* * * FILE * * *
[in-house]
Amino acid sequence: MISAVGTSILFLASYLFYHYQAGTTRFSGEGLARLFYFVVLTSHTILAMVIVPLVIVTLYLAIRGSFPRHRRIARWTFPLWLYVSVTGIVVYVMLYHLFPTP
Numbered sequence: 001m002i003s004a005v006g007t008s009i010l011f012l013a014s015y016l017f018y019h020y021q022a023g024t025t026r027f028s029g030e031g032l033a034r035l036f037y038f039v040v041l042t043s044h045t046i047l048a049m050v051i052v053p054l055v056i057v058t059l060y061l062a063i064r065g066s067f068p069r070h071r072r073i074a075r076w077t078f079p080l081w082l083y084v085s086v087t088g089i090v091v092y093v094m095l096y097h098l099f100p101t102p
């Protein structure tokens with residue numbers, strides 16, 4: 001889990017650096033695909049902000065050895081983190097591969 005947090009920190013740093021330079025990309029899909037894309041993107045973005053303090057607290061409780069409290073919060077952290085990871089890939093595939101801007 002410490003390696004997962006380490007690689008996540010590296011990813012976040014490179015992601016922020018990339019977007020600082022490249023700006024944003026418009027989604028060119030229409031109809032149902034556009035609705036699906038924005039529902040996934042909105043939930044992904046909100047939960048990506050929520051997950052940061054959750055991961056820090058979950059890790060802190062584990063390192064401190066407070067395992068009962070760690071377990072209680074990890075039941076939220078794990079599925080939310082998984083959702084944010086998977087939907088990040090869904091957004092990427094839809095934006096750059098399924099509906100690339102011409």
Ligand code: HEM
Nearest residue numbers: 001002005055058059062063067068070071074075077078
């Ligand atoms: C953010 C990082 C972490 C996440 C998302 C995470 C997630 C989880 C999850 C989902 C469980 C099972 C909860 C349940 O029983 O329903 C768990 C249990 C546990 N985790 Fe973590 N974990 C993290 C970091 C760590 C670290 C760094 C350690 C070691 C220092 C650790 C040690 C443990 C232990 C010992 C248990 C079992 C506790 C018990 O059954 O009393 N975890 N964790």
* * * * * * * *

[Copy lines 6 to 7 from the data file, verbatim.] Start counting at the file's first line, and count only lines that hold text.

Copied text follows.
Nearest residue numbers: 001002005055058059062063067068070071074075077078
């Ligand atoms: C953010 C990082 C972490 C996440 C998302 C995470 C997630 C989880 C999850 C989902 C469980 C099972 C909860 C349940 O029983 O329903 C768990 C249990 C546990 N985790 Fe973590 N974990 C993290 C970091 C760590 C670290 C760094 C350690 C070691 C220092 C650790 C040690 C443990 C232990 C010992 C248990 C079992 C506790 C018990 O059954 O009393 N975890 N964790």